Waste not, want not: Family-run software company helps businesses take a greener approach

This is where the subtitle would normally go. I sure hope this looks good!

Operating on the logical assumption that every business wants to save money on purchases and reduce waste costs, a family-run company in Rockport, east of Gananoque, has developed software that offers organizations an opportunity to reduce, reuse and recycle.

“We provide zero waste tools that increase the value of surplus items and materials, converting them from liabilities to assets,” says Norm Ruttan, president of iWasteNot.

The company has developed several software applications it markets to various organizations, businesses and institutions. ReCap (short for recapture) helps organizations reuse items internally instead of paying to get rid of them and spending to replace them. The Surplus Marketplace platform does the same thing, but between organizations.

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Finally, the Recyclopedia is a guide to “what to do with it when you’re done with it.” As the name suggests, it’s an encyclopaedia of items that can be recycled and where within the region of the person subscribing to the software.

“So, there are topics like ‘paper’ or ‘aluminium cans’ and then the topic connects to solutions, so it’s supposed to be a very simple process for the user,” explains Ruttan’s son James Ruttan, CEO of iWasteNot. The software uses a translation service with 100 languages and is designed to be accessible.

“We put the service online and make sure it runs 365 days a year … and we typically give the customer an administration panel, so they can manage it and respond to questions from it,” explains Norm Ruttan.

The Recyclopedia allows any organization in the business of recycling items to log onto the site and list services, hours of operation and limitations, free of charge. The entry must be approved by the organization subscribing to the software.

“Then the listing organization that enters its information has control of it and once a year the system sends them an email asking, ‘Is that information still good?,’” adds James Ruttan.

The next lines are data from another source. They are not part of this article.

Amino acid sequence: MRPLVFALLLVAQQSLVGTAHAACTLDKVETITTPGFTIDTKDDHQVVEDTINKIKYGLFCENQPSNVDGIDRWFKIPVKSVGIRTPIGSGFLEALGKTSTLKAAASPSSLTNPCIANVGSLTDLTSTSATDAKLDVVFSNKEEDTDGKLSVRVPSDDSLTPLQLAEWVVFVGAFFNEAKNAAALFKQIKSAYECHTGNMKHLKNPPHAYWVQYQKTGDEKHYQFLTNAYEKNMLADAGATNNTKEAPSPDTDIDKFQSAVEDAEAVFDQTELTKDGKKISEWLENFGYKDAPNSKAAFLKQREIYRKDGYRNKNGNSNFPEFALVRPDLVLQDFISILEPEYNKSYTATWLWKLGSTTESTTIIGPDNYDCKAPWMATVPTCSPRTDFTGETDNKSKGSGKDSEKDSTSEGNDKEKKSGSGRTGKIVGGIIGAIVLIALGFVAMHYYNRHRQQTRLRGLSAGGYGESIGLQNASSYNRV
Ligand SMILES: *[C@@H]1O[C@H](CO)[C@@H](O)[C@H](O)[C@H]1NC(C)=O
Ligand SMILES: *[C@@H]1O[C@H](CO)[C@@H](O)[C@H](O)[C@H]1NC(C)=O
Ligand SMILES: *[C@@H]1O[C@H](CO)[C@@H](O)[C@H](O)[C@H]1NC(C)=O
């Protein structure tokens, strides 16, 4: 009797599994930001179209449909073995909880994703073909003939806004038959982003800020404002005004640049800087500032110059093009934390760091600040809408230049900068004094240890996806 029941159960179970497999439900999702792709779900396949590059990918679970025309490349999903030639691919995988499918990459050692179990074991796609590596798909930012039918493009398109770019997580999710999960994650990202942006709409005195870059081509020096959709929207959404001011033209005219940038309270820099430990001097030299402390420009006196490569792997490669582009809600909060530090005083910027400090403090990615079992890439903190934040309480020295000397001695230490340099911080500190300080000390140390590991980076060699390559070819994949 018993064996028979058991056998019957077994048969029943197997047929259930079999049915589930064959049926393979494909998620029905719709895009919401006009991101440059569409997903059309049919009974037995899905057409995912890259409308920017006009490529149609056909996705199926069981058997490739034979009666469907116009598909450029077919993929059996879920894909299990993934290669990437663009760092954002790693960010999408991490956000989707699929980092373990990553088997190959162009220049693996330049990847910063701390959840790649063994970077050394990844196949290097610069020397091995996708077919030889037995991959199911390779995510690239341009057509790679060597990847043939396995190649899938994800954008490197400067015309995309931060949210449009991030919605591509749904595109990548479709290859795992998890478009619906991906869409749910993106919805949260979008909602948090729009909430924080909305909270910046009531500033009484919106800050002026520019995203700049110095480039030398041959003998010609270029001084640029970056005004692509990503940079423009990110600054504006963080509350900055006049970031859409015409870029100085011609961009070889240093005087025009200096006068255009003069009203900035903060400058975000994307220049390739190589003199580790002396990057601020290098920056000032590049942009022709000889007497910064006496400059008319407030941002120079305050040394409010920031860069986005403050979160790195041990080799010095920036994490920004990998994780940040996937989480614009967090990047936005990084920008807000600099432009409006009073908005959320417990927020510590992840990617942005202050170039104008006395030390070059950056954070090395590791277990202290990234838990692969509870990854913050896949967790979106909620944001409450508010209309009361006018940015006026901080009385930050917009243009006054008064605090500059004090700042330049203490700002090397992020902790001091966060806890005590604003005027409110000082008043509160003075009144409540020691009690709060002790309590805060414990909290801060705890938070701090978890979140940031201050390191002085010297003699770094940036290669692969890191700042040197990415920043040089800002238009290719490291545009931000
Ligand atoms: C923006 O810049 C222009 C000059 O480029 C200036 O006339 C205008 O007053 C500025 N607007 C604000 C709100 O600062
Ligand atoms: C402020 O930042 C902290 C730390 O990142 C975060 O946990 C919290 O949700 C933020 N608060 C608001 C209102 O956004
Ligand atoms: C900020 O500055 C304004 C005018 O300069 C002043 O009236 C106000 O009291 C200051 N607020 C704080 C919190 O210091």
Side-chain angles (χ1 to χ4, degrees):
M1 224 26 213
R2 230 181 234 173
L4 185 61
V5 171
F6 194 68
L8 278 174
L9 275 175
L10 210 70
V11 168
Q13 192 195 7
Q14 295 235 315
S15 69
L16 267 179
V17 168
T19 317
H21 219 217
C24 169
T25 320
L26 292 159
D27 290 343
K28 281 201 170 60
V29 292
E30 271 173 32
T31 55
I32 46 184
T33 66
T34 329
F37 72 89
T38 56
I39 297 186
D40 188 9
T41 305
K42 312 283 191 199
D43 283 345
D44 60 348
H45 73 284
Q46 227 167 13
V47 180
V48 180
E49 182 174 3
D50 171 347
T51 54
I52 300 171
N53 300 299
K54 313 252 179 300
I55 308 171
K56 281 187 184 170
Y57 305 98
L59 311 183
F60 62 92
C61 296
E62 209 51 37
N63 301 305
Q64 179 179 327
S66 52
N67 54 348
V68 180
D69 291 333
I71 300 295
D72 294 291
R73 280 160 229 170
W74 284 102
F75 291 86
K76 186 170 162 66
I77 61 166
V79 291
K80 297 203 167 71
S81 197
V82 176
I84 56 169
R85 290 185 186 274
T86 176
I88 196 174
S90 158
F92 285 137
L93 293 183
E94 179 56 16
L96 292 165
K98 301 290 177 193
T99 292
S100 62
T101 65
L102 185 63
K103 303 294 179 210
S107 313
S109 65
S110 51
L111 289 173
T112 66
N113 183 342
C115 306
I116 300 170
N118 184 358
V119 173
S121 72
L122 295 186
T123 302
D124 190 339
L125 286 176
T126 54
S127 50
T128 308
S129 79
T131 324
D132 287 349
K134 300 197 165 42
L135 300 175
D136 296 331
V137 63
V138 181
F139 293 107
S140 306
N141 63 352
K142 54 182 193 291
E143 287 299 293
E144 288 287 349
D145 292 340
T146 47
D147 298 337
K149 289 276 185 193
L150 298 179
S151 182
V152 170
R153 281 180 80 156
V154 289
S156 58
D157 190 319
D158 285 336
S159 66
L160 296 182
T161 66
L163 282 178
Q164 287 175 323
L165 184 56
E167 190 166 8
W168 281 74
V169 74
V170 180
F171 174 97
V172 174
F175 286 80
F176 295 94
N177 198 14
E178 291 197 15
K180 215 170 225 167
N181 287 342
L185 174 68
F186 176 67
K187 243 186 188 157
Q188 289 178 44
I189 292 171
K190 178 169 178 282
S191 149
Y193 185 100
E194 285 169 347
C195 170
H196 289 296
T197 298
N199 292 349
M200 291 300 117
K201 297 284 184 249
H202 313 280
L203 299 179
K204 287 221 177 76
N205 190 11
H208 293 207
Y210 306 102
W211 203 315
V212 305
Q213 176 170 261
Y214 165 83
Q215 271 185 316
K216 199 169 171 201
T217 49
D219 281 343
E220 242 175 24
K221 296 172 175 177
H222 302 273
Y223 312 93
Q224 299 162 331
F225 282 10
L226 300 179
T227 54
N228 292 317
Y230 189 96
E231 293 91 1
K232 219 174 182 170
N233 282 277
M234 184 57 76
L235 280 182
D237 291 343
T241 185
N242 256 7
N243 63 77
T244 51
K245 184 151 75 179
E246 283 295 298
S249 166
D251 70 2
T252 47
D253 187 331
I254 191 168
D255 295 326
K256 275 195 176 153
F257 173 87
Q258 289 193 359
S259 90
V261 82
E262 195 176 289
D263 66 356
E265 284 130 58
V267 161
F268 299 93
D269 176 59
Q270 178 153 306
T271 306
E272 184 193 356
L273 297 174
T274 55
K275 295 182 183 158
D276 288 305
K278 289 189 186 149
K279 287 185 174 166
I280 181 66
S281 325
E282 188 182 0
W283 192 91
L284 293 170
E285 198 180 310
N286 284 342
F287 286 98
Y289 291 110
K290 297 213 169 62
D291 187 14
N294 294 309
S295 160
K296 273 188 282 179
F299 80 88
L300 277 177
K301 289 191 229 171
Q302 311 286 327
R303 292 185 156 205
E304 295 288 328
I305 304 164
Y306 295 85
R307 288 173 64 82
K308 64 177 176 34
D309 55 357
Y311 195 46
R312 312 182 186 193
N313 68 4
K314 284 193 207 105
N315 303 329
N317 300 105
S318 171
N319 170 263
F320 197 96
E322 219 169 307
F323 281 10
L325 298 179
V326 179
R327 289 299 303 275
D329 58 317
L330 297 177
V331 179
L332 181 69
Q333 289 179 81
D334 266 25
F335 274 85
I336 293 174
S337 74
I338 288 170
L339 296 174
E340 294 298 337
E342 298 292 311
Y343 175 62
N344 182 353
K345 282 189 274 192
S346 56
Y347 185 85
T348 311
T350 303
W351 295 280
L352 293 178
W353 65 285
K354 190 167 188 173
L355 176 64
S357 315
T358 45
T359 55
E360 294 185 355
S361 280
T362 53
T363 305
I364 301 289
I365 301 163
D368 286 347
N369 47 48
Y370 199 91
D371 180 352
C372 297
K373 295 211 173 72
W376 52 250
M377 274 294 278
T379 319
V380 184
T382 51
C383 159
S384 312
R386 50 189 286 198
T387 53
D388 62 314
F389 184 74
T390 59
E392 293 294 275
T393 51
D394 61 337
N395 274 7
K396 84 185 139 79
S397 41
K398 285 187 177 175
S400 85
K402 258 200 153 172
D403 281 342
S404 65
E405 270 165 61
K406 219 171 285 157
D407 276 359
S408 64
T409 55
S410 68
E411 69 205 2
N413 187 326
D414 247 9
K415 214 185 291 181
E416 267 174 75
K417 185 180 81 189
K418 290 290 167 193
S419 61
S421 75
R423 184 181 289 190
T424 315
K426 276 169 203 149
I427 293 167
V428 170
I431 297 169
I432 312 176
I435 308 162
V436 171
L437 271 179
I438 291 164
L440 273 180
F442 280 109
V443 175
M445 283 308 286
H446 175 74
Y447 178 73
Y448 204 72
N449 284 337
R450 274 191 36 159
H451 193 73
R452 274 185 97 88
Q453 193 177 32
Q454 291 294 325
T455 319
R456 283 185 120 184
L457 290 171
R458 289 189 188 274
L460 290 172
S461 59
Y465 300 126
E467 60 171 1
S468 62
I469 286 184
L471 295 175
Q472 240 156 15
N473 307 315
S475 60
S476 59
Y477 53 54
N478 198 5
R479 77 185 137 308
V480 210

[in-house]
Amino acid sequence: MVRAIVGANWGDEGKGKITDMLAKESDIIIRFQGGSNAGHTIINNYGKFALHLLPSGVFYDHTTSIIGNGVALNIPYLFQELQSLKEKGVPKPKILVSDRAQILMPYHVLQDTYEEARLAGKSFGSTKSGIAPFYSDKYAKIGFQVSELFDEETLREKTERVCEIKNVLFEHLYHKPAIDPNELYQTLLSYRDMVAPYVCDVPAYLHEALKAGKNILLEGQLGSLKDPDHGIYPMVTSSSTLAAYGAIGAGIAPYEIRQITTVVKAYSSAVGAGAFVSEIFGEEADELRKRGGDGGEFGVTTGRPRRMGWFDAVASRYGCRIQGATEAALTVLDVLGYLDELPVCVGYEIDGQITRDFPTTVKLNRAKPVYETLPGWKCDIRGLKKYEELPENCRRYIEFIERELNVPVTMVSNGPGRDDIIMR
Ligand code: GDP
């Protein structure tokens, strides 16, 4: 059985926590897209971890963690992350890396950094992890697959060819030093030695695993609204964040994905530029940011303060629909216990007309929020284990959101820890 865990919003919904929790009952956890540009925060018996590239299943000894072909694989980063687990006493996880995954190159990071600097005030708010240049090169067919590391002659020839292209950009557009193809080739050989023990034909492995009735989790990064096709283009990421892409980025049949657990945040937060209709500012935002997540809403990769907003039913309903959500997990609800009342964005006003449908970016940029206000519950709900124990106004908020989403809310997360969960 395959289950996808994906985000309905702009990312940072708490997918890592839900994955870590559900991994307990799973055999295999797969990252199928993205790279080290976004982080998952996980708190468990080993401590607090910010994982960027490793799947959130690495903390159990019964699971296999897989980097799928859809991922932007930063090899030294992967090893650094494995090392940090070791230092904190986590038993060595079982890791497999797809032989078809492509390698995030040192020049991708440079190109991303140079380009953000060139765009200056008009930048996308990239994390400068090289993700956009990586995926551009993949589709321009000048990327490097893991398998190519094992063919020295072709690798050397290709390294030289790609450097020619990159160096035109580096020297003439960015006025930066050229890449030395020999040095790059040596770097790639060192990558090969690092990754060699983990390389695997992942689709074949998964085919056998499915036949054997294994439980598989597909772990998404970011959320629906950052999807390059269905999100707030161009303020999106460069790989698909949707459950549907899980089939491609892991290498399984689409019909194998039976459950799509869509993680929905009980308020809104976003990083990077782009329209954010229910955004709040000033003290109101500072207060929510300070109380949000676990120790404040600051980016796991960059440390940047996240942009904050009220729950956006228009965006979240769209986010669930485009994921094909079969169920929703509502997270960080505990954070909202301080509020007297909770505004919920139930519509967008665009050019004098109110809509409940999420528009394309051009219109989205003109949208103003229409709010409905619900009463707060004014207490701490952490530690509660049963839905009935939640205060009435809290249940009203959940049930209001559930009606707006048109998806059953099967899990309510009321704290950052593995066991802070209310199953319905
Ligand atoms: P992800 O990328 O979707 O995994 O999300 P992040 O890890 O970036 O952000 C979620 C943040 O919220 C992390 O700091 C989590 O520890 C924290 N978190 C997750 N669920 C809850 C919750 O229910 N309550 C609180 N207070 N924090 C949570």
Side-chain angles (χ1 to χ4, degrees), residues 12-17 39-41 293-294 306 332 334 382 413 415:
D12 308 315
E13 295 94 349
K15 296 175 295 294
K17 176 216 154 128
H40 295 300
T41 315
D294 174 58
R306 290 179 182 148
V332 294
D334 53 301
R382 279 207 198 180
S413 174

Clients include the Recycling Council of British Columbia, Simon Fraser University and the University of Manitoba, which uses the ReCap software to recycle office furniture within the university community and track waste diversion.

“We use the waste data collected by the exchange feature on the website to track the weight of furniture and number of items we divert from landfill via re-use within the university community,” says Allison Mac Intyre, zero waste coordinator at the University of Manitoba.

The software is customized for the client. “iWasteNot has adapted our website to function for our specific needs, including the addition of item weight, measurements of items and disposal forms that are specific to our campus operations,” adds Mac Intyre.

iWasteNot Systems has a team of seven programmers and a total staff of 17 spread out across Canada, Mexico and Bangladesh. “Part of what we want to do is not just what we achieve in the marketplace, but we want to be a fantastic place to work,” says James Ruttan.

In operation since 2004, it hasn’t always been a smooth ride for iWasteNot. At one point, the company ran into connectivity issues that nearly had it leaving the municipality of Leeds and the Thousand Islands.

Once that was fixed, then it reached a stage where it had to completely revamp its products. “We got to the point that, rather than keep modifying the software to try to make it work with the new and updated internet, we went back to square one and began to rebuild it from the ground up,” says Norm Ruttan.

That took considerable investment in dollars and time and by then other platforms like Kijiji and Facebook Marketplace that were free had sprung up and many of iWasteNot’s original customers had melted away.

“We felt we were so close to launching new software that we could be proud of that we just hunkered down on simmer, kept our costs low, plugged away … and waited to see if we could catch a break,” chuckles Norm Ruttan.

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